Correlates of Contraceptive Use and Breastfeeding Practice

by Alan Banzon Feranil, Master of Arts in Demography (1982)

Using data on currently married couples in Pangasinan and Southern Leyte derived from the 1976 Mortality Fertility and Family Formulation Survey, the correlates and determinants of contraceptives and breastfeeding practice were examined. The significant background variables (i.e. Socio-economic and demographic characteristics) and fertility perceptions were ascertained using stepwise multiple regression analysis.

Generally, more background variables proved to be relatively more correlated with breastfeeding and contraceptive practice than fertility perceptions and intentions. In addition, the significance of variables were shown to be exclusively important for a particular province or for a particular sex of respondents. Among the variables, education figured prominently as the most significant determinant for contraceptive use (for both husband and wives) and breastfeeding practice.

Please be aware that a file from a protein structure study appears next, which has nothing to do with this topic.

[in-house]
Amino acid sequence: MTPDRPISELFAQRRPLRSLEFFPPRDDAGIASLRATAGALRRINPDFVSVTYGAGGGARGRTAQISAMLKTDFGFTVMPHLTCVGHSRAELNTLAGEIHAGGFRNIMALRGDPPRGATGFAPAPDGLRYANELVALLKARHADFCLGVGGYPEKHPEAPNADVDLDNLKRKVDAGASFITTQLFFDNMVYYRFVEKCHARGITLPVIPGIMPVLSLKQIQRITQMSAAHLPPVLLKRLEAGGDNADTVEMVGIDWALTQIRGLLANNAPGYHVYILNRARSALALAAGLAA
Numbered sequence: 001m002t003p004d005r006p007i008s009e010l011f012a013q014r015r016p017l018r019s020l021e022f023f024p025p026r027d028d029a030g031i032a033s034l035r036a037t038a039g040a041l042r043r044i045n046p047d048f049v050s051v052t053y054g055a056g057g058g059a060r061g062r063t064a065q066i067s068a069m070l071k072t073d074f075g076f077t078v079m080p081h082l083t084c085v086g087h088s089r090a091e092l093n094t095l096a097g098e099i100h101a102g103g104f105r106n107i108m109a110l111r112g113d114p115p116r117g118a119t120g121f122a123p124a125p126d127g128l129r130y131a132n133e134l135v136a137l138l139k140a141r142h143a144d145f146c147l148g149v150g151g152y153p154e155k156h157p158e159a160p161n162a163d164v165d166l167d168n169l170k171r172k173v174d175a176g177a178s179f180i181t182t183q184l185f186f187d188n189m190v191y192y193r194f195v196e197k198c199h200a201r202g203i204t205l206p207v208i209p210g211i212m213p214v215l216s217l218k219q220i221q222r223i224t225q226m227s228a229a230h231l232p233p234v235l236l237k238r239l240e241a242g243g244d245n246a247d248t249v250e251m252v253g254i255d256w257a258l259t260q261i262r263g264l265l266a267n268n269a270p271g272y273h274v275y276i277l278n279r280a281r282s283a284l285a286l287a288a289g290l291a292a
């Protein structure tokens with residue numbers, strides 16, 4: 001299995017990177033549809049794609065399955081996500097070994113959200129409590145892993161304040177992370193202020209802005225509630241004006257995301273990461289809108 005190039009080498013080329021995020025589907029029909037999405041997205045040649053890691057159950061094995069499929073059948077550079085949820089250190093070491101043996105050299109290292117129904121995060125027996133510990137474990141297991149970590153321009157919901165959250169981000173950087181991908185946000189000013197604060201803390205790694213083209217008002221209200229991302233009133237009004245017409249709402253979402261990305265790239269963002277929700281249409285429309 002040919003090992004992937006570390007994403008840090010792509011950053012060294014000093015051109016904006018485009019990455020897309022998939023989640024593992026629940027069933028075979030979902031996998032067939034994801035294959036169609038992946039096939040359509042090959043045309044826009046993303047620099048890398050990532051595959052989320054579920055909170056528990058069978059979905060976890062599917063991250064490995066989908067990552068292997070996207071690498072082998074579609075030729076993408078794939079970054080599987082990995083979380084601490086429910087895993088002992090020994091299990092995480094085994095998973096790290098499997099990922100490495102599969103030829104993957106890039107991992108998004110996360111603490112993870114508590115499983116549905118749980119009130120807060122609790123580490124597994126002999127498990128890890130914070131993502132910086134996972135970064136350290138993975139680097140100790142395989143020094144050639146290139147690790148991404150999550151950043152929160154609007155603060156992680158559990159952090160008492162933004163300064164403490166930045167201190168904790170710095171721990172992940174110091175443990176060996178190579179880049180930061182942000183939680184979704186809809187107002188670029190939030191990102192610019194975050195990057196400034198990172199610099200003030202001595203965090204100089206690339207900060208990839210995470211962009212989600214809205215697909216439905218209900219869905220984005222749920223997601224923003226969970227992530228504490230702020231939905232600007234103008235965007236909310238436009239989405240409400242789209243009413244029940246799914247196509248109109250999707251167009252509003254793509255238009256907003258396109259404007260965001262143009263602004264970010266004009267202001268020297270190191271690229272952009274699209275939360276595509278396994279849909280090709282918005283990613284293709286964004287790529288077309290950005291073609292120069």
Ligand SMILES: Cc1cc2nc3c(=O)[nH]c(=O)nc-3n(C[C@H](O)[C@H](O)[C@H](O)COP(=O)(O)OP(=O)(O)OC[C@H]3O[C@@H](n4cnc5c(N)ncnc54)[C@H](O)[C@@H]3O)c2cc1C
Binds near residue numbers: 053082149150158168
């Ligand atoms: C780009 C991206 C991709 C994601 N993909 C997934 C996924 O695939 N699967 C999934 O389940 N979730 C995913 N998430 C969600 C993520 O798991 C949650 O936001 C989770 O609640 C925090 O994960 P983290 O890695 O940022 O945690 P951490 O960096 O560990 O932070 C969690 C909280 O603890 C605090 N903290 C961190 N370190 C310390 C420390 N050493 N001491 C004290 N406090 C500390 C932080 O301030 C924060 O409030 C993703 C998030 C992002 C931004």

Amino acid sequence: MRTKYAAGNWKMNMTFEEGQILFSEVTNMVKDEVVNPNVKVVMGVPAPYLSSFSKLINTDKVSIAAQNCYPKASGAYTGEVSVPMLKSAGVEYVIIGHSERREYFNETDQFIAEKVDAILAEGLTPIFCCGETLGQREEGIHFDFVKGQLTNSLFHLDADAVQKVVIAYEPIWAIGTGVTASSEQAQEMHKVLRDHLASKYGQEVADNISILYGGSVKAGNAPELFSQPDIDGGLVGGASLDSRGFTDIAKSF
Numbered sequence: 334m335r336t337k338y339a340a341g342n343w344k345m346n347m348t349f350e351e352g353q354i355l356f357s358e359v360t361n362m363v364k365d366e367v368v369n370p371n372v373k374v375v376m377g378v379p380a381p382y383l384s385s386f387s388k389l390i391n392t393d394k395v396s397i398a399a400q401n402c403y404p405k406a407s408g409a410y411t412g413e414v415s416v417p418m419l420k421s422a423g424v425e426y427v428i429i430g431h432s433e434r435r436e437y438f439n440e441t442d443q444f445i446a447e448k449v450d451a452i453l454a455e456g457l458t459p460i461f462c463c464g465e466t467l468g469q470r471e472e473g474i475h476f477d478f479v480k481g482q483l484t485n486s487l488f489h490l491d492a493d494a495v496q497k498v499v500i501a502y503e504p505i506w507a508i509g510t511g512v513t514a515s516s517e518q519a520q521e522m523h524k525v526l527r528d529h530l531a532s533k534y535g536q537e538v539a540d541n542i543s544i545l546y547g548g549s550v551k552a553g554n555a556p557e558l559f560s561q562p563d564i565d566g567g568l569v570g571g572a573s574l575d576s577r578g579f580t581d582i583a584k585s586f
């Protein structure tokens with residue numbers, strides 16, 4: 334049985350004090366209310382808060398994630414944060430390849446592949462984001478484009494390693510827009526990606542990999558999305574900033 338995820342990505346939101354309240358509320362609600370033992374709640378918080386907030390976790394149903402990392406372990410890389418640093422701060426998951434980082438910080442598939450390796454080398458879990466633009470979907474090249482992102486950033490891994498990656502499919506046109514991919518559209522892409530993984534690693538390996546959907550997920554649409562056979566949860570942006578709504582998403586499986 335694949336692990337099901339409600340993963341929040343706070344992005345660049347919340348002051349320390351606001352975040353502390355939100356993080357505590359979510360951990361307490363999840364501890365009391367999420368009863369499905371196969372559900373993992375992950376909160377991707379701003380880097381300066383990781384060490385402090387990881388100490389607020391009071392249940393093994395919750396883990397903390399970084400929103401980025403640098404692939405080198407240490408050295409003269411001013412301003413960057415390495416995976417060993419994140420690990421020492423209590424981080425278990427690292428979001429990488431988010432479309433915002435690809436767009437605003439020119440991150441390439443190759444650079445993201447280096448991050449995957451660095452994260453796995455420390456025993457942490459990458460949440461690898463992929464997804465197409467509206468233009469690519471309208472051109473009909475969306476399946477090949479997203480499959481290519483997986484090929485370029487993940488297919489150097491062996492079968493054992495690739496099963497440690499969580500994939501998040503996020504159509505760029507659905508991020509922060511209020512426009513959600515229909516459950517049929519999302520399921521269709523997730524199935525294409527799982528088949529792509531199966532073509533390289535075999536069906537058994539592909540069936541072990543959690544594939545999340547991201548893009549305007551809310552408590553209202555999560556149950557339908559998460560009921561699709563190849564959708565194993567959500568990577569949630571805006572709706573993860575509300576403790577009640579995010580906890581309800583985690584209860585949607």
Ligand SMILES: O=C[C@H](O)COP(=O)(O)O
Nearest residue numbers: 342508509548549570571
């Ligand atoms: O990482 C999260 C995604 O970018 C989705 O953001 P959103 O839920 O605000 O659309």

Disparities between husbands’ and wives’ contraceptive use revealed the greater concern wives have towards family size limitation than their husbands. Moreover, correlates which were shown to be exclusively significant for husbands or wives indicate that factors which may affect a couple’s behavior could have diverse effects on either spouse.

The difference between a developed and a less developed area was not illustrated in the study. Contraceptive and breastfeeding practice were found to be relatively traditional in Pangasinan than Southern Leyte, typical of a developed area it was supposed to represent.

The relatively low explanatory power offered by the few significant variables correlated with the selected intermediate variables reveal the multi-faceted nature of behavioral patterns, and the need to incorporate other factors in studying contraceptive and breastfeeding practice in the future.